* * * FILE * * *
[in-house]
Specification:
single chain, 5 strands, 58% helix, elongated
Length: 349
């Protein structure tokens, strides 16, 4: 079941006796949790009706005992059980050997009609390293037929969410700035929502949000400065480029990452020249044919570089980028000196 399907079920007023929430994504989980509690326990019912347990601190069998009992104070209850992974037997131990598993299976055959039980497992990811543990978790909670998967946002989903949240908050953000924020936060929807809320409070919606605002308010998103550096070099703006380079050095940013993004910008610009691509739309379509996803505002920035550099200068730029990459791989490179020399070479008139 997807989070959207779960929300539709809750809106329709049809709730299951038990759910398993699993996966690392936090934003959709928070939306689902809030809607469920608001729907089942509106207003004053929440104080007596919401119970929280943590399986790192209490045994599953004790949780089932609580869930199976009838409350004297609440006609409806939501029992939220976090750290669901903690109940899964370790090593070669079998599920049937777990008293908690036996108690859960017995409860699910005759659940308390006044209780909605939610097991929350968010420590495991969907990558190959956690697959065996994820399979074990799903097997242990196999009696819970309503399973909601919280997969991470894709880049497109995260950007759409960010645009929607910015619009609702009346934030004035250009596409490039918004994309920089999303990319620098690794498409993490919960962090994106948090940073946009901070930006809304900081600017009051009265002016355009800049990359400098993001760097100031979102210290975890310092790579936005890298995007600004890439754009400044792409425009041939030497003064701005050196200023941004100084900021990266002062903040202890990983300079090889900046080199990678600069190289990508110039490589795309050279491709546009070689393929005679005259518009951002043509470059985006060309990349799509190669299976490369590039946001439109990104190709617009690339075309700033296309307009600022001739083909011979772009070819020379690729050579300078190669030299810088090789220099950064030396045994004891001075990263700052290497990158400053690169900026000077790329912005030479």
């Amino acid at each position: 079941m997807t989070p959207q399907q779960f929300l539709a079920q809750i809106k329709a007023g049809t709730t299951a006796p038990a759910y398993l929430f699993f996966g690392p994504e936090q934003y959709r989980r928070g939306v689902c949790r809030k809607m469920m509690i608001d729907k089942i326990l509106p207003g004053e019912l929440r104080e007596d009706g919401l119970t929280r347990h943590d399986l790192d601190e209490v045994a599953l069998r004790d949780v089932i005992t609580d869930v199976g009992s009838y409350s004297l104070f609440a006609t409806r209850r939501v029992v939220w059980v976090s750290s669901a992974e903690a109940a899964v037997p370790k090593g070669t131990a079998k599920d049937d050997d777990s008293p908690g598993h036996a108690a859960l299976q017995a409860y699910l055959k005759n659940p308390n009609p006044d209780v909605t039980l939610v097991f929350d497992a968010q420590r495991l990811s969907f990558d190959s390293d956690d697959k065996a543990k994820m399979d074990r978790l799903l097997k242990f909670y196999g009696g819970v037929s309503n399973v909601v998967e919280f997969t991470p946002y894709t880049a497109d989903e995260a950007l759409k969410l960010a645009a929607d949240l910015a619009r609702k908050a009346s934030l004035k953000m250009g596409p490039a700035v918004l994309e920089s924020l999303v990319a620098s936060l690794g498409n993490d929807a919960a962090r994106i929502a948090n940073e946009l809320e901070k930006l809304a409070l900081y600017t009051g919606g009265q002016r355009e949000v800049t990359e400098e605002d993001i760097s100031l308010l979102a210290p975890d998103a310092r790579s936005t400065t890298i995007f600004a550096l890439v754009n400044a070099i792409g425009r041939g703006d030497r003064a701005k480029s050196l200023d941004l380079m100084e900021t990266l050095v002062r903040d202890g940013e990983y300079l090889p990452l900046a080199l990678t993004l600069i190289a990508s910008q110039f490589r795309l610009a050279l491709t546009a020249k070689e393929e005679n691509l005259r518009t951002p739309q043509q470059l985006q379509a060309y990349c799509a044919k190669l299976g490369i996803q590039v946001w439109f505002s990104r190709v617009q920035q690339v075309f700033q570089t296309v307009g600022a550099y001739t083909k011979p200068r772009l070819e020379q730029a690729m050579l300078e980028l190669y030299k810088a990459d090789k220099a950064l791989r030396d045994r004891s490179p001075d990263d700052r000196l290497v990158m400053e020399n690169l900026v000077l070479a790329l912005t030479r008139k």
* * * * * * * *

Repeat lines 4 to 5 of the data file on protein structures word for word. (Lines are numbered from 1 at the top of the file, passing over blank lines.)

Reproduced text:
Length: 349
């Protein structure tokens, strides 16, 4: 079941006796949790009706005992059980050997009609390293037929969410700035929502949000400065480029990452020249044919570089980028000196 399907079920007023929430994504989980509690326990019912347990601190069998009992104070209850992974037997131990598993299976055959039980497992990811543990978790909670998967946002989903949240908050953000924020936060929807809320409070919606605002308010998103550096070099703006380079050095940013993004910008610009691509739309379509996803505002920035550099200068730029990459791989490179020399070479008139 997807989070959207779960929300539709809750809106329709049809709730299951038990759910398993699993996966690392936090934003959709928070939306689902809030809607469920608001729907089942509106207003004053929440104080007596919401119970929280943590399986790192209490045994599953004790949780089932609580869930199976009838409350004297609440006609409806939501029992939220976090750290669901903690109940899964370790090593070669079998599920049937777990008293908690036996108690859960017995409860699910005759659940308390006044209780909605939610097991929350968010420590495991969907990558190959956690697959065996994820399979074990799903097997242990196999009696819970309503399973909601919280997969991470894709880049497109995260950007759409960010645009929607910015619009609702009346934030004035250009596409490039918004994309920089999303990319620098690794498409993490919960962090994106948090940073946009901070930006809304900081600017009051009265002016355009800049990359400098993001760097100031979102210290975890310092790579936005890298995007600004890439754009400044792409425009041939030497003064701005050196200023941004100084900021990266002062903040202890990983300079090889900046080199990678600069190289990508110039490589795309050279491709546009070689393929005679005259518009951002043509470059985006060309990349799509190669299976490369590039946001439109990104190709617009690339075309700033296309307009600022001739083909011979772009070819020379690729050579300078190669030299810088090789220099950064030396045994004891001075990263700052290497990158400053690169900026000077790329912005030479």